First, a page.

Tom Reiss is an author, historian, and biographer whose work resurrects the lives of brilliant outsiders and rebels in times of global upheaval. 

His most recent book, "The Black Count: Glory, Revolution, Betrayal, and the Real Count of Monte Cristo," won the Pulitzer Prize and the PEN Award.

He is also the author of "The Orientalist: Solving the Mystery of a Strange and Dangerous Life," a finalist for the 2006 Samuel Johnson Prize, and Führer-Ex: Memoirs of a Former Neo-Nazi, the first inside exposé of the European neo-Nazi movement.

His books have been translated into more than 35 languages. Before he supported himself with his writing, Tom worked as a hospital orderly, small business entrepreneur, and an actor in Japanese gangster movies.



General Alex Dumas is a man almost unknown today, yet his story is strikingly familiar—because his son, the novelist Alexandre Dumas, used his larger-than-life feats as inspiration for such classics as The Count of Monte Cristo and The Three Musketeers.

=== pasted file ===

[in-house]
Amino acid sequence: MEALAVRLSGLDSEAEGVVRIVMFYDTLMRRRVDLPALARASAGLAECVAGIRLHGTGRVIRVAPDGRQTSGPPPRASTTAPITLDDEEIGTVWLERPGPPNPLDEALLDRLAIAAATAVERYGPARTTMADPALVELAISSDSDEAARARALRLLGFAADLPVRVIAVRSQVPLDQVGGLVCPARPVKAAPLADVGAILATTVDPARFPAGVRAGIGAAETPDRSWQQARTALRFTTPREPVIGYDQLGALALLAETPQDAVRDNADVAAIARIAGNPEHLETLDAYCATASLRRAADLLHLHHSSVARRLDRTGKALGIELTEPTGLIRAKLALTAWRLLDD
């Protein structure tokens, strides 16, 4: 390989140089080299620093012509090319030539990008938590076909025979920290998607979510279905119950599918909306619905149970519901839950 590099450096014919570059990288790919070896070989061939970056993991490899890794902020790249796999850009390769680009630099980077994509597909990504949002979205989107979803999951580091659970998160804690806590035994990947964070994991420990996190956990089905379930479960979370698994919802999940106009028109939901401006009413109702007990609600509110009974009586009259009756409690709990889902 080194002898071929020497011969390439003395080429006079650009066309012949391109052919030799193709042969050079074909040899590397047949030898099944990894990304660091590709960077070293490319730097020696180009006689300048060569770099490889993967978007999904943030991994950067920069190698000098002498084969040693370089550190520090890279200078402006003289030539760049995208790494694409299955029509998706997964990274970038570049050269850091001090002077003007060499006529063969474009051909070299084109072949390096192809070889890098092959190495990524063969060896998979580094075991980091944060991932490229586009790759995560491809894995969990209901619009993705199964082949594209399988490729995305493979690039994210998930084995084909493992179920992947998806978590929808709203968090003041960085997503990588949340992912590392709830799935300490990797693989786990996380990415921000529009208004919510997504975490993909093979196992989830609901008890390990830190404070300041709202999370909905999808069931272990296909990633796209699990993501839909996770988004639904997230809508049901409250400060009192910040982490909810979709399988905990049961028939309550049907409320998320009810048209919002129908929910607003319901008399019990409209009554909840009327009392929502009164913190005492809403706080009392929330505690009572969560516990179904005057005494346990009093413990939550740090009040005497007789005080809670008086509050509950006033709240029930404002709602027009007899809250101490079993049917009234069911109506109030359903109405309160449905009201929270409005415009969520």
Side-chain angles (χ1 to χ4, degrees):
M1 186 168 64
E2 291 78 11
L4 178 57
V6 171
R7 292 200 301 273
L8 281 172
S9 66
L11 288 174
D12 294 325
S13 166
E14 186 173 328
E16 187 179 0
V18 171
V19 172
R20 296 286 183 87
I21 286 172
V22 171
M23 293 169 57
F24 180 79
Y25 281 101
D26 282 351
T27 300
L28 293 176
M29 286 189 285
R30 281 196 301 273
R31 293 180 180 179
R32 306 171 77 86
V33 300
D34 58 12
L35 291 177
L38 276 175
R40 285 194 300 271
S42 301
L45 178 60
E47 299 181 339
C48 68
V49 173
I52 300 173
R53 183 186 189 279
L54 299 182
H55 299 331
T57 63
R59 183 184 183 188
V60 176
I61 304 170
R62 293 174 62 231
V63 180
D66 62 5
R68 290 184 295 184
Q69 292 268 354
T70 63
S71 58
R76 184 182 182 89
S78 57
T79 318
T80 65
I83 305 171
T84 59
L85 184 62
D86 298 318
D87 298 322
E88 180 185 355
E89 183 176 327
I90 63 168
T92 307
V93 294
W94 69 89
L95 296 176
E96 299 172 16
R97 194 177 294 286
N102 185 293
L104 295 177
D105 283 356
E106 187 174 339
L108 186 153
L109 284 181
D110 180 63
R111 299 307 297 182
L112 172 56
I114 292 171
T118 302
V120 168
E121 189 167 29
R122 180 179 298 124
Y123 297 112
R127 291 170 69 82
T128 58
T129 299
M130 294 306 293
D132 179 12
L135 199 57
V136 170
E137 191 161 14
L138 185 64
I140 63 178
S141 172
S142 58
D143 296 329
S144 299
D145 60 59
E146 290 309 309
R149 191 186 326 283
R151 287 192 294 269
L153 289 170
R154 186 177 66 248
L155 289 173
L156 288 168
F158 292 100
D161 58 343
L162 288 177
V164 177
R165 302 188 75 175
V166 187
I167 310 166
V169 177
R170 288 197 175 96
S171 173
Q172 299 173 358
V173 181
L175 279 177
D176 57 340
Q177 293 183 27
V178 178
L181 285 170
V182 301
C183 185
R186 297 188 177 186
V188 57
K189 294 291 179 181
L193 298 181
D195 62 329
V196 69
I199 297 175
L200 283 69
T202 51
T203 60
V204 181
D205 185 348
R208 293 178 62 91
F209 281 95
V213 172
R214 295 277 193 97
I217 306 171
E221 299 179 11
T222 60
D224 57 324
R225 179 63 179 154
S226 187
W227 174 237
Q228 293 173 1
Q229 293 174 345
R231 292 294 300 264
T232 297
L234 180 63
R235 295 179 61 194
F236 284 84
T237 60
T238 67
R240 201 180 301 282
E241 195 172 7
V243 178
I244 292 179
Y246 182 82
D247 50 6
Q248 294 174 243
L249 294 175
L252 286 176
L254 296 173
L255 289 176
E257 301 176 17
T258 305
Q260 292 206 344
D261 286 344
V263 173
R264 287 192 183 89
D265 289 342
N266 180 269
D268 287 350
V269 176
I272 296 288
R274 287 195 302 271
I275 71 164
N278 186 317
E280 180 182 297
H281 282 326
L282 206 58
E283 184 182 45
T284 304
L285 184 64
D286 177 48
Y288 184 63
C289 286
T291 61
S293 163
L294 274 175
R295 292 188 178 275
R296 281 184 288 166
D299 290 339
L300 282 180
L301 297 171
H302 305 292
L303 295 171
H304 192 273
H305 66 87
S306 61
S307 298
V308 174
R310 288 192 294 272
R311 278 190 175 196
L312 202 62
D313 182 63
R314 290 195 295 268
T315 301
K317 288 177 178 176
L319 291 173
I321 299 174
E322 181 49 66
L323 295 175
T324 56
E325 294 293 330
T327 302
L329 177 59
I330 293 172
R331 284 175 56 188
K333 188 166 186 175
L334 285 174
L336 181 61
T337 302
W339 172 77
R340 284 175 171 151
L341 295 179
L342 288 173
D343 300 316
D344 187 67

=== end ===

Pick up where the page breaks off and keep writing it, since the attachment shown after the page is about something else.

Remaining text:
But, hidden behind General Dumas’s swashbuckling adventures was an even more incredible secret: he was the son of a black slave—who rose higher in the white world than any man of his race would before our own time. Born in Saint-Domingue (now Haiti), Alex Dumas made his way to Paris, where he rose to command armies at the height of the Revolution—until he met an implacable enemy he could not defeat.

The Black Count is simultaneously a riveting adventure story, a lushly textured evocation of 18th-century France, and a window into the modern world’s first multi-racial society. TIME magazine called The Black Count “one of those quintessentially human stories of strength and courage that sheds light on the historical moment that made it possible.” But it is also a heartbreaking story of the enduring bonds of love between a father and son.


The Orientalist 

A thrilling page-turner of epic proportions, tells the true story of a Jew who transformed himself into a Muslim prince in Nazi Germany. Lev Nussimbaum escaped the Russian Revolution in a camel caravan and, as “Essad Bey,” became a celebrated author with the enduring novel Ali and Nino as well as an adventurer, a real-life Indiana Jones with a fatal secret. Reiss pursued Lev’s story across ten countries and found himself caught up in encounters as dramatic and surreal–and sometimes as heartbreaking–as his subject’s life.